The question of Dada’s paternity, or even how and when the term came about, has been hotly contested more or less since the beginning—succès de scandale is, after all, still succès. Huelsenbeck and Ball both laid claim to inventing the name, which means “hobbyhorse” in French. Arp, meanwhile, declared “that Tristan Tzara discovered the word DADA on 8 February 1916 at 6 p.m. . . . This occurred at the Café de la Terrasse in Zurich, and I was wearing a brioche in my left nostril.” What is certain is that few promoted the movement as zealously as Tzara, and even his rival Huelsenbeck admitted that they owed Dada’s long international reach mainly to him.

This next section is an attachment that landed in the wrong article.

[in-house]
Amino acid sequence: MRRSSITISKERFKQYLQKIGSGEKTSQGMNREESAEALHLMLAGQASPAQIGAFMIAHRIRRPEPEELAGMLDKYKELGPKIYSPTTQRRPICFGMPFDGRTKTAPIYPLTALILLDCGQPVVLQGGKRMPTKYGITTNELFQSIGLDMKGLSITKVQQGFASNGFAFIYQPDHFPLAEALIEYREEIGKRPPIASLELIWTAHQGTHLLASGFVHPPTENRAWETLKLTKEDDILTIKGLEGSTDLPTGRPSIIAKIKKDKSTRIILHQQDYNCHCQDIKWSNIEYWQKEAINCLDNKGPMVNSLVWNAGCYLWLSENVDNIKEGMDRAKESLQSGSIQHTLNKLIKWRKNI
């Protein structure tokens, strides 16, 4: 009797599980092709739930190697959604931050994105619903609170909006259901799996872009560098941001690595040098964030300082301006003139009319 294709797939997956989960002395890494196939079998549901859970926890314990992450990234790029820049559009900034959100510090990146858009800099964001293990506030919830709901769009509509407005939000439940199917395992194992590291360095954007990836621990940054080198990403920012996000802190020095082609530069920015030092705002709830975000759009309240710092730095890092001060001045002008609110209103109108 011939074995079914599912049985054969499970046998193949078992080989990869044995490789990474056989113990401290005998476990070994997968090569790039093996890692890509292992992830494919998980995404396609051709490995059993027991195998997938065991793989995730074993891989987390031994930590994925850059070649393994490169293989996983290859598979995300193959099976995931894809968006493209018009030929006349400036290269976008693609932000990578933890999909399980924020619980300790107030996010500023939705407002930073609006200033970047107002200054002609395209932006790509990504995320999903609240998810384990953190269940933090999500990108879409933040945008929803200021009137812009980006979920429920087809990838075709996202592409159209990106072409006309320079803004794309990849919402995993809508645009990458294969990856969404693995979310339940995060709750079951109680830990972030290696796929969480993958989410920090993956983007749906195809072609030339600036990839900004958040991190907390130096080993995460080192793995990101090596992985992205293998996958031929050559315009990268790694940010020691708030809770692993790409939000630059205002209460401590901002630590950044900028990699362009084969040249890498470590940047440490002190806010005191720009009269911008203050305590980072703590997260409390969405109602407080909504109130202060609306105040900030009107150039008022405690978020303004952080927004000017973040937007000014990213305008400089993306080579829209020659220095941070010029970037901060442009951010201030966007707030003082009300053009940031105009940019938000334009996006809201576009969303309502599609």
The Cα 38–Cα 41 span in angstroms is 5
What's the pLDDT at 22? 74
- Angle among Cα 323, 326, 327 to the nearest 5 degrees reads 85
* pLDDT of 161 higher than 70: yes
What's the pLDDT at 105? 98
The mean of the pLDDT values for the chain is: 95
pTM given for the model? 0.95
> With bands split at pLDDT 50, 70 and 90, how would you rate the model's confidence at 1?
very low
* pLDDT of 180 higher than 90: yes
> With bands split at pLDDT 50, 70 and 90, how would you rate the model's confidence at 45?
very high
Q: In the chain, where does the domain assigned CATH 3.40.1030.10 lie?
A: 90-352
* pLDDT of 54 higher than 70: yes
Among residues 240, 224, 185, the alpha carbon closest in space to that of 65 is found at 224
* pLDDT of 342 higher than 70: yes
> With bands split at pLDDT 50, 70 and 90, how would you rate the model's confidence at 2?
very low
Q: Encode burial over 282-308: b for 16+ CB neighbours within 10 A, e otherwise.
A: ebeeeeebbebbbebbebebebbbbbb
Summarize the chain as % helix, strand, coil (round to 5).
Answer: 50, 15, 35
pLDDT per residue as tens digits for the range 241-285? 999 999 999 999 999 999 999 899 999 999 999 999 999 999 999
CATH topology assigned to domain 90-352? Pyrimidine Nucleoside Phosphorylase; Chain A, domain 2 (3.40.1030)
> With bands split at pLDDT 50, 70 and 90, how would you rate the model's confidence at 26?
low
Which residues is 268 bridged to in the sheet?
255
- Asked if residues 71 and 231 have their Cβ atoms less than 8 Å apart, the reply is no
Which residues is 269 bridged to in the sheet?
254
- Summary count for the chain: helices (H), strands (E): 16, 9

It was also Tzara who composed many of the vituperative, typographically extravagant manifestos for which Dada is best remembered, such as the seminal Dada Manifesto 1918: “Let each man proclaim: there is a great negative work of destruction to be accomplished. We must sweep and clean. . . . Dada; abolition of logic, which is the dance of those impotent to create,” and The First Celestial Adventure of Monsieur Antipyrine: “We want to shit in the different colors to decorate the zoological garden of art with all the flags of consulates.” (One unfortunate aspect of this biography is Hentea’s insistence on using inferior translations, his own or others’, when better versions are available.)